Random Track Fact: In the 1970s, Star was known as much for its promotional events as it was for actual racing. The track hosted celebrity races for Boston Bruins players – and Don Awrey continued to participate even after being traded to the St. Louis Blues (and later joining the Montreal Canadians). Other promotions included the world’s largest wedding cake (more than 700 lbs.) and a visit from Choppers the alligator. Memorably, Choppers wandered off while his handler was on a coffee break; he was eventually found near a food stand.
ACT at Star Speedway
The American-Canadian Tour has had, to put it mildly, a stop-and-start history at Star. Tom Curley’s series first visited the track in 1985 on Independence Day weekend during what turned out to be the final year of NASCAR North. When ACT was formed the following year, they again visited the Southern New Hampshire oval. Mike Weeden and Dana Patten were the winners; it was the first career ACT win for both. In fact, it would be Patten’s only win, while Weeden would win only one more event in his ACT career (the 1993 Memorial Day Classic at Thunder Road). However, NASCAR introduced the Busch North Series in 1987 as a competitor to ACT. As a NASCAR-sanctioned track, Star naturally hosted that series, marking the end of the ACT Pro Stocks at Star.
In 2001, ACT returned with the Late Model Tour. The series was looking to expand thanks to a new sponsorship deal with New England Dodge Dealers, and Star Speedway was one of the tracks they added. Two events were held at Star each of the next two years – one in late April and another in late July. (Fittingly, the first ACT Dodge Tour event was won by current series co-owner Cris Michaud.) In 2003, ACT cut back to a single late-July event at Star. Then in 2004, the schedule was trimmed back from its 16-race peak in 2002 and 2003 – and Star Speedway was one of the casualties. ACT wouldn’t return to the track until 2013 when a 150-lap event was scheduled. While Wayne Helliwell Jr. and Joey Polewarczyk Jr. put on an all-time classic battle for the win (Pole would prevail), a disappointing car count combined with another schedule reduction in 2014 again left Star on ACT’s cutting room floor.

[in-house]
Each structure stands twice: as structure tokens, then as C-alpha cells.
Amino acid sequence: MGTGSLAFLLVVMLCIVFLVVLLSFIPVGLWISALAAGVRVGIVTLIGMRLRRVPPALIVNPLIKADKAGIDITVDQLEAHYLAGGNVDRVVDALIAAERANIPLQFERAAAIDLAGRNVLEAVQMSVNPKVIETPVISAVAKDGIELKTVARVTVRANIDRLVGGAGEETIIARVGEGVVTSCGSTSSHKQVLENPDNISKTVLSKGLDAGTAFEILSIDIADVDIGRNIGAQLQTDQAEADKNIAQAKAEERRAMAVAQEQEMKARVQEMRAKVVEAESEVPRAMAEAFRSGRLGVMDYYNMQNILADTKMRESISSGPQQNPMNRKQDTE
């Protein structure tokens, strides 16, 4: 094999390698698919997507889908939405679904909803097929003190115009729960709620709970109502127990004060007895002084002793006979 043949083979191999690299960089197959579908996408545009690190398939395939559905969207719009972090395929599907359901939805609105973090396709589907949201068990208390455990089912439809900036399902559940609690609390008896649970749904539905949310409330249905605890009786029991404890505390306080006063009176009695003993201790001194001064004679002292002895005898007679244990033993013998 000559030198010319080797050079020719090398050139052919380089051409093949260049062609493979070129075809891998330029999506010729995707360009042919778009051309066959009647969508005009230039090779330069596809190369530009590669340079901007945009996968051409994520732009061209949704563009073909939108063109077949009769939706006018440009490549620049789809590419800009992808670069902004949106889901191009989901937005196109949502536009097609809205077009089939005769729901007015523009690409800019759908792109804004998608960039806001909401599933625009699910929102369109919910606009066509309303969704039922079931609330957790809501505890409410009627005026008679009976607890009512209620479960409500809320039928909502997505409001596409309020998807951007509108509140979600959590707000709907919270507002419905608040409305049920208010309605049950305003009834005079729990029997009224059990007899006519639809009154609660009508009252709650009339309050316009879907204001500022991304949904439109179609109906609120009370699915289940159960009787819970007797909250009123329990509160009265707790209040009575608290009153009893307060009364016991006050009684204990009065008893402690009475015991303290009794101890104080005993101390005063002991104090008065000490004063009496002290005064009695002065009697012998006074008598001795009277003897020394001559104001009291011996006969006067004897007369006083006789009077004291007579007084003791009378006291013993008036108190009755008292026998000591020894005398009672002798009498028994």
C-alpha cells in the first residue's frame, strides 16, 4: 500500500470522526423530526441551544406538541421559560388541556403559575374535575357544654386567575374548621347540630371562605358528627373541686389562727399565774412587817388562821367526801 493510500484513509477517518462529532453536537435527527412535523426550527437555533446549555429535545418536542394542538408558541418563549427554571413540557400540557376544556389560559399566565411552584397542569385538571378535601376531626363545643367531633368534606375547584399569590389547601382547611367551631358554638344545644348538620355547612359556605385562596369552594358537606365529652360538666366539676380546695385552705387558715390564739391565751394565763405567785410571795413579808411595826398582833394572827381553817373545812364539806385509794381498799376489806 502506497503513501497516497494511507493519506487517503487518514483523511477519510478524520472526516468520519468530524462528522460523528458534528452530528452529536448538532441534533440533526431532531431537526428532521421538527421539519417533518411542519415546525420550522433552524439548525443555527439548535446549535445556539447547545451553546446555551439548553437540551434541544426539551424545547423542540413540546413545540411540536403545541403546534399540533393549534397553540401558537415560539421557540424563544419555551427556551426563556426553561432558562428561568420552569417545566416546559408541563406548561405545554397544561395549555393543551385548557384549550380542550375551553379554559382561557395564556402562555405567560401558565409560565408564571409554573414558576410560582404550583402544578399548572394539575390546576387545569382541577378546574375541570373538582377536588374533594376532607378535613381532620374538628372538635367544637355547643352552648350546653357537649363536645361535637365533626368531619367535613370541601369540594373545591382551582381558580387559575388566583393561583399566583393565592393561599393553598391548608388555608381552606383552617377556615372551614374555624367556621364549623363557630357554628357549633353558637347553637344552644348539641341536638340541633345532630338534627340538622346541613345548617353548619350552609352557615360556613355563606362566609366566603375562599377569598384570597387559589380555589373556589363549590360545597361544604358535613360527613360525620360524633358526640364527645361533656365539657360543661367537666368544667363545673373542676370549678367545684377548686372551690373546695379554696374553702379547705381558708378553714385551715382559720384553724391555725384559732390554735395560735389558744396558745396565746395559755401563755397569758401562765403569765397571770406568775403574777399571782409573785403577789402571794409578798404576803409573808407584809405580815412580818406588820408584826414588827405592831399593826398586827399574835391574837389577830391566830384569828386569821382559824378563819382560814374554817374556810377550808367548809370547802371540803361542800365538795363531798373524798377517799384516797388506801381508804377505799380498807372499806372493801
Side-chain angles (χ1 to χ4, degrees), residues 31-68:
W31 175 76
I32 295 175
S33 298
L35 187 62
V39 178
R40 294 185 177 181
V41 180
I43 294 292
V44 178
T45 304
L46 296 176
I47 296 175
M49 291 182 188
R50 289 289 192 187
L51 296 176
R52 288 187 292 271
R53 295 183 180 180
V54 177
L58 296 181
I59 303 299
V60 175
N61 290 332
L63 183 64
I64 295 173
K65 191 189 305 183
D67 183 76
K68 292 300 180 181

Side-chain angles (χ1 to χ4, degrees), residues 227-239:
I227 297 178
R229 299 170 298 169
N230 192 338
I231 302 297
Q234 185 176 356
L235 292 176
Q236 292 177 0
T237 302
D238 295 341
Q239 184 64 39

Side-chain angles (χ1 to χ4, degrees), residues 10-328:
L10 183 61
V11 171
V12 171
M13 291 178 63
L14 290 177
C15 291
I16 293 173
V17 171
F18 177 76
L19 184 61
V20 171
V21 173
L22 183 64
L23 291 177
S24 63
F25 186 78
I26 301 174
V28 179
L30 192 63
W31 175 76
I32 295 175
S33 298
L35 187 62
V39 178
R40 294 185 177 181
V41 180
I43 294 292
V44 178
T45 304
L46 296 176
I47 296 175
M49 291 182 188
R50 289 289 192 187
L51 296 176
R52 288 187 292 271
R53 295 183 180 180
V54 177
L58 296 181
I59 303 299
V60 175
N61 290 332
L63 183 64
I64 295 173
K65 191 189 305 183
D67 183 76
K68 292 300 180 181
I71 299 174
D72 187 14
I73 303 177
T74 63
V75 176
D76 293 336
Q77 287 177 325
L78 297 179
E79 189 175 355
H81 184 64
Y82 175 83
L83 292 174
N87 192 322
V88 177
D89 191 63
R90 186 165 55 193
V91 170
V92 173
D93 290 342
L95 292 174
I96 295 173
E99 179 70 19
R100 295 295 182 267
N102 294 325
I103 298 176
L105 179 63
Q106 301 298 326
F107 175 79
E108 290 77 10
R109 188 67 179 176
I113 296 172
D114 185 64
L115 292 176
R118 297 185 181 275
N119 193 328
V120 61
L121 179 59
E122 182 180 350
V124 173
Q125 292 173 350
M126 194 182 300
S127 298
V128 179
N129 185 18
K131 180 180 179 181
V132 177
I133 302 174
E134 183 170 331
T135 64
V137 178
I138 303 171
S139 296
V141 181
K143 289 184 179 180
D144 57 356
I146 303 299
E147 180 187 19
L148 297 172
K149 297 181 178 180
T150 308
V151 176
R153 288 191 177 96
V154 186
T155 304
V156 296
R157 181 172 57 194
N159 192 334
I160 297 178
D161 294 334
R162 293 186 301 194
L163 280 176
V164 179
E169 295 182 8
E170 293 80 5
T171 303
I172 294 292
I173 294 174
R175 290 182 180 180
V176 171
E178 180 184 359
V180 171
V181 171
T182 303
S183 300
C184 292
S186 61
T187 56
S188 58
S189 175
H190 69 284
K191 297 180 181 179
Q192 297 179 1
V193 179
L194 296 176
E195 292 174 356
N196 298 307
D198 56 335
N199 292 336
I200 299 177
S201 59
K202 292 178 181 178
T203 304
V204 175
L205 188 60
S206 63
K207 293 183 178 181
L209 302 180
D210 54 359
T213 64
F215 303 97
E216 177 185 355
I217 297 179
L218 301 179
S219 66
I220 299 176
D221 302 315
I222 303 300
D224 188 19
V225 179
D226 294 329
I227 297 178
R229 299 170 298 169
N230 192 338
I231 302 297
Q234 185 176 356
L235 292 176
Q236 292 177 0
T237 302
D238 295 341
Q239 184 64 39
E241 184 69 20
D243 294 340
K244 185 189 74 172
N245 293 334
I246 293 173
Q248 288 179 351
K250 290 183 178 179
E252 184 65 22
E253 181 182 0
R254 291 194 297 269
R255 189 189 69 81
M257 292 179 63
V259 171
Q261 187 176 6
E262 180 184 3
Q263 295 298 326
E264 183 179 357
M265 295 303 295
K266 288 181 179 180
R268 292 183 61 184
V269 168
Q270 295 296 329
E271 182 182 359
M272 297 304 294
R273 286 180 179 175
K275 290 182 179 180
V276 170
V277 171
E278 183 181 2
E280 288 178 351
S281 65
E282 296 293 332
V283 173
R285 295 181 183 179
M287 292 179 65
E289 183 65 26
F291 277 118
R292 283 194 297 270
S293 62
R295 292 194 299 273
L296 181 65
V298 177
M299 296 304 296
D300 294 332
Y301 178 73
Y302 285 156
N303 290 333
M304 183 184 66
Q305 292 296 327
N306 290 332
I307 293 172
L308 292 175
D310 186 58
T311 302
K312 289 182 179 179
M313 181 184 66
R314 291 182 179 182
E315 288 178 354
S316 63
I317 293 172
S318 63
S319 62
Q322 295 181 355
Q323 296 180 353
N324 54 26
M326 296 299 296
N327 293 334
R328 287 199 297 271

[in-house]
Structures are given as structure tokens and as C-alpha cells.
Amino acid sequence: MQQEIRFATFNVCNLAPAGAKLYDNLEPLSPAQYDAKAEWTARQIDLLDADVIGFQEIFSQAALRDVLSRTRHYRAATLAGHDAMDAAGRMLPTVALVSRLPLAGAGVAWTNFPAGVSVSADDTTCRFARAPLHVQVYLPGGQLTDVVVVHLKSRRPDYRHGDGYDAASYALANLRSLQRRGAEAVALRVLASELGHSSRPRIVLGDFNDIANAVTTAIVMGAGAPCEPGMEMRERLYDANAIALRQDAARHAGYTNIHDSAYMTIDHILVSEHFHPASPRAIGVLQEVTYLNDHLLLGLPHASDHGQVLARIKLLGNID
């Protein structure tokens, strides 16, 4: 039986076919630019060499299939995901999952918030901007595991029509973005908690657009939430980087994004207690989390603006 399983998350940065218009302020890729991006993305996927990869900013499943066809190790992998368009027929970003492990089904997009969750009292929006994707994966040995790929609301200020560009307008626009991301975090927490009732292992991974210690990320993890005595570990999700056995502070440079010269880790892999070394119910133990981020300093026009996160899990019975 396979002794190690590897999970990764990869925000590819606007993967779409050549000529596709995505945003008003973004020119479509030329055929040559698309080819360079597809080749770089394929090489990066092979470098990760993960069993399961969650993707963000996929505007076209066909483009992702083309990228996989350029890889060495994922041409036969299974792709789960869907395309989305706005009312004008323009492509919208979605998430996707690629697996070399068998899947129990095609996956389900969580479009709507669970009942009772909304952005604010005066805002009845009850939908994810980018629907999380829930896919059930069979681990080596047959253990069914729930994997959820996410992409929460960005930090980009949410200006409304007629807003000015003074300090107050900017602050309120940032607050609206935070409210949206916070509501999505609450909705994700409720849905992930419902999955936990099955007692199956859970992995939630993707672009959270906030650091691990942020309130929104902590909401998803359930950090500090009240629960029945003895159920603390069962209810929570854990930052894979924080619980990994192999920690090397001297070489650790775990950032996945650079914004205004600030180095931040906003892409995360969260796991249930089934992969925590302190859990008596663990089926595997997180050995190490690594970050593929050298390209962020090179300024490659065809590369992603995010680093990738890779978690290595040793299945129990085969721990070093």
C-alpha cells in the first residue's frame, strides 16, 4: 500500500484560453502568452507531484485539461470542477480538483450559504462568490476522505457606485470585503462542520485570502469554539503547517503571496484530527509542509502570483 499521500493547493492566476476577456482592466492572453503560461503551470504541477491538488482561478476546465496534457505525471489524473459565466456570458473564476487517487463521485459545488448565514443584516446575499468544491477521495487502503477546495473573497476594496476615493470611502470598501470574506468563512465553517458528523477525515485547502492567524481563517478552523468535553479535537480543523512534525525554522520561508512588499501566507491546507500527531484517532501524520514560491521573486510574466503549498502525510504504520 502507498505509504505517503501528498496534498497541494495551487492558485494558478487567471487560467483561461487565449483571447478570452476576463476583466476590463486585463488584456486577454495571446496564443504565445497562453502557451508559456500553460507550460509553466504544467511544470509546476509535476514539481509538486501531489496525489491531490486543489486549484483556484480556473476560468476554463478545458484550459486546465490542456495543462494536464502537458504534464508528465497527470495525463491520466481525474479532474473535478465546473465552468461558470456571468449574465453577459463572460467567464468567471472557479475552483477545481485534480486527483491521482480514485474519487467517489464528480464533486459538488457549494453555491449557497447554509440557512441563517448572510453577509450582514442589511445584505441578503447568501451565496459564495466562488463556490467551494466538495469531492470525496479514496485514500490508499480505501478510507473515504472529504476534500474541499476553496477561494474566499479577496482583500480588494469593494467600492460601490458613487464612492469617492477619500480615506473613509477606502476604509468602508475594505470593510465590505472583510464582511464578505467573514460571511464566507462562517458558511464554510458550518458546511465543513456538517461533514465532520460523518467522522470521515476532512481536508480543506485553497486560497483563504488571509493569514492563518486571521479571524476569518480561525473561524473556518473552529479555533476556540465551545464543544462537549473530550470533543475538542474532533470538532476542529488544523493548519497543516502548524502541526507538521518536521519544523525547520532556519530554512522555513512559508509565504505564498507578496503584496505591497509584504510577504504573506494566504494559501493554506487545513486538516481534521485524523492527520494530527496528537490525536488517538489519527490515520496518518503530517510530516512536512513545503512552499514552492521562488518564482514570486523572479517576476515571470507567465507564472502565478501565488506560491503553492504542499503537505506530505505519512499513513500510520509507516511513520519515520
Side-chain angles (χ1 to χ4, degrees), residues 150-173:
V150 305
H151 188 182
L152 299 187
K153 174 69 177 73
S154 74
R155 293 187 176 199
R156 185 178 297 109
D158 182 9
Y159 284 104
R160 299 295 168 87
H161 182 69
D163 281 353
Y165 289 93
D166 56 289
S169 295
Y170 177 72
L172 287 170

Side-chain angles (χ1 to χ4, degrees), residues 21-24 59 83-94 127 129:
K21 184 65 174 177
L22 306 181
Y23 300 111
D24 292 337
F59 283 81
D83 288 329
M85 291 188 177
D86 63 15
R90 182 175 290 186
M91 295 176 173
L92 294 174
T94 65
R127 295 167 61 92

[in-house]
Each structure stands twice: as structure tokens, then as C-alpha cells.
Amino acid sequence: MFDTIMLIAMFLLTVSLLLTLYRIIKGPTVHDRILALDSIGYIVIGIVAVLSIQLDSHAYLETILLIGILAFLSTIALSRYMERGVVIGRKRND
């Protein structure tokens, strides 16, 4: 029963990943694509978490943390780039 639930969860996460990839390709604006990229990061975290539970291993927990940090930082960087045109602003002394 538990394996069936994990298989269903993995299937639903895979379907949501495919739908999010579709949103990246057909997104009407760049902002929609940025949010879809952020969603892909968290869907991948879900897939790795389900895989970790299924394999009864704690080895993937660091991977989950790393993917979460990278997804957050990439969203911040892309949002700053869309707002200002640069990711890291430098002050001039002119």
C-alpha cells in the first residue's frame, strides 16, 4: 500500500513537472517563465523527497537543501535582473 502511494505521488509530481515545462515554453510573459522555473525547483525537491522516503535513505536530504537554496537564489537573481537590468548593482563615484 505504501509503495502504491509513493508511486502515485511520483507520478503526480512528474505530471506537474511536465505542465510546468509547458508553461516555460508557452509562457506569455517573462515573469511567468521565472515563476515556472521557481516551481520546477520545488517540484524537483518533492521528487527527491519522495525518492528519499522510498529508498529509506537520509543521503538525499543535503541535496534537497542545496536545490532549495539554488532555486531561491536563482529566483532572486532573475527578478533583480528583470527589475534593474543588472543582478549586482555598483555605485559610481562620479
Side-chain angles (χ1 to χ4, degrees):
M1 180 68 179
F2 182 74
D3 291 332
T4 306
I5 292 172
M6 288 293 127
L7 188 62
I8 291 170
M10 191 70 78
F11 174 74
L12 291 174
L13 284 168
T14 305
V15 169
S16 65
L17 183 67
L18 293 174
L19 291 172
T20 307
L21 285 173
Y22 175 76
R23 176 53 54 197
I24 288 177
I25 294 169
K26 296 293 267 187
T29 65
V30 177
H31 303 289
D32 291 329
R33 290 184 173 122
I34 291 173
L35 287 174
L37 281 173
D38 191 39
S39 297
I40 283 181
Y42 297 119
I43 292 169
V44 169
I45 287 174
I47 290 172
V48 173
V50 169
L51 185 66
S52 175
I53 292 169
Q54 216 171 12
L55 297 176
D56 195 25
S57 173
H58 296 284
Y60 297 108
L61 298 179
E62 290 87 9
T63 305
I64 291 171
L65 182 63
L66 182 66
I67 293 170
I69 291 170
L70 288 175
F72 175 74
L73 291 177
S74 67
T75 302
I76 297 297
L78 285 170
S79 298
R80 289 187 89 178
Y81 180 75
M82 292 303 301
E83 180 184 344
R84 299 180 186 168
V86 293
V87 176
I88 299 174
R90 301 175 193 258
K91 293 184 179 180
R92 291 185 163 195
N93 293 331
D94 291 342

After a five-year absence, the ACT Late Model Tour will return to Star again in 2019. The Star 150 will be the finale in the Summer Kickoff Series, a trio of events in June with $5,000 guaranteed to the winner of each. This event was scheduled on the heels of the track also going to full ACT rules for their weekly Late Model division. As such, it will be an opportunity for the track’s locals to take on the ACT stars in 53rd year of operations for this legendary track.
Random ACT Fact: Not only has there never been a repeat ACT winner at Star, half of the eight winners were carrying and ACT checkered flag for the first time. In addition to Weeden (7/3/1985) and Patten (8/27/1986), Michaud (4/21/2001) and Scott Dragon (7/27/2002) all picked up their first ACT wins at Star.
ACT’s Future at Star Speedway
As seen above, previous attempts of ACT racing at Star fizzled out after a year or three. However, with Star’s switch to ACT rules, the door is open once again for the start of a long-standing relationship between the two. A successful Star 150 this summer, especially combined with a solid first season of weekly racing under ACT rules, could be the jump-start that’s needed to make the track a regular stop for the Northeast’s leading Late Model touring series.